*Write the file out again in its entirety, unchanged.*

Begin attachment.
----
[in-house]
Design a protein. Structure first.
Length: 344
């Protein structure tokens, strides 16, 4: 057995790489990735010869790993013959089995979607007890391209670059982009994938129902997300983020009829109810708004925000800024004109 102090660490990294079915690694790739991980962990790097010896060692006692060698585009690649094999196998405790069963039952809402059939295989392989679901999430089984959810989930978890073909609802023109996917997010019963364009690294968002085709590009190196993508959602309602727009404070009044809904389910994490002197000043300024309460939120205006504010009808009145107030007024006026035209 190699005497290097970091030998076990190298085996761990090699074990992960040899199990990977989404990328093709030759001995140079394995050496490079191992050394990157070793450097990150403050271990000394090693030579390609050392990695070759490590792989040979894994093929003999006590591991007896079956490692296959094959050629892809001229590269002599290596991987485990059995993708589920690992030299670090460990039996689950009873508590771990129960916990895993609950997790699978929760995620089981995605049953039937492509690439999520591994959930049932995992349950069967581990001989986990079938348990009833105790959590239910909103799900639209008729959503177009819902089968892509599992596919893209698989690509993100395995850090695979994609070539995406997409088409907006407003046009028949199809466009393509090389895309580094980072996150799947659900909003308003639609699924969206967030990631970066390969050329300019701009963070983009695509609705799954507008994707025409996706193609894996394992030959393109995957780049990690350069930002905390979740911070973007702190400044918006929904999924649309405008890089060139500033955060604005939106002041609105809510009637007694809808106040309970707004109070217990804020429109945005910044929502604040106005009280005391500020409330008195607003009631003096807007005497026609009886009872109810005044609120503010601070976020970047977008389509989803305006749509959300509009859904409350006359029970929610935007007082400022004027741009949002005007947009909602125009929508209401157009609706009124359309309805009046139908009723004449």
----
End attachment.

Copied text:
[in-house]
Design a protein. Structure first.
Length: 344
């Protein structure tokens, strides 16, 4: 057995790489990735010869790993013959089995979607007890391209670059982009994938129902997300983020009829109810708004925000800024004109 102090660490990294079915690694790739991980962990790097010896060692006692060698585009690649094999196998405790069963039952809402059939295989392989679901999430089984959810989930978890073909609802023109996917997010019963364009690294968002085709590009190196993508959602309602727009404070009044809904389910994490002197000043300024309460939120205006504010009808009145107030007024006026035209 190699005497290097970091030998076990190298085996761990090699074990992960040899199990990977989404990328093709030759001995140079394995050496490079191992050394990157070793450097990150403050271990000394090693030579390609050392990695070759490590792989040979894994093929003999006590591991007896079956490692296959094959050629892809001229590269002599290596991987485990059995993708589920690992030299670090460990039996689950009873508590771990129960916990895993609950997790699978929760995620089981995605049953039937492509690439999520591994959930049932995992349950069967581990001989986990079938348990009833105790959590239910909103799900639209008729959503177009819902089968892509599992596919893209698989690509993100395995850090695979994609070539995406997409088409907006407003046009028949199809466009393509090389895309580094980072996150799947659900909003308003639609699924969206967030990631970066390969050329300019701009963070983009695509609705799954507008994707025409996706193609894996394992030959393109995957780049990690350069930002905390979740911070973007702190400044918006929904999924649309405008890089060139500033955060604005939106002041609105809510009637007694809808106040309970707004109070217990804020429109945005910044929502604040106005009280005391500020409330008195607003009631003096807007005497026609009886009872109810005044609120503010601070976020970047977008389509989803305006749509959300509009859904409350006359029970929610935007007082400022004027741009949002005007947009909602125009929508209401157009609706009124359309309805009046139908009723004449």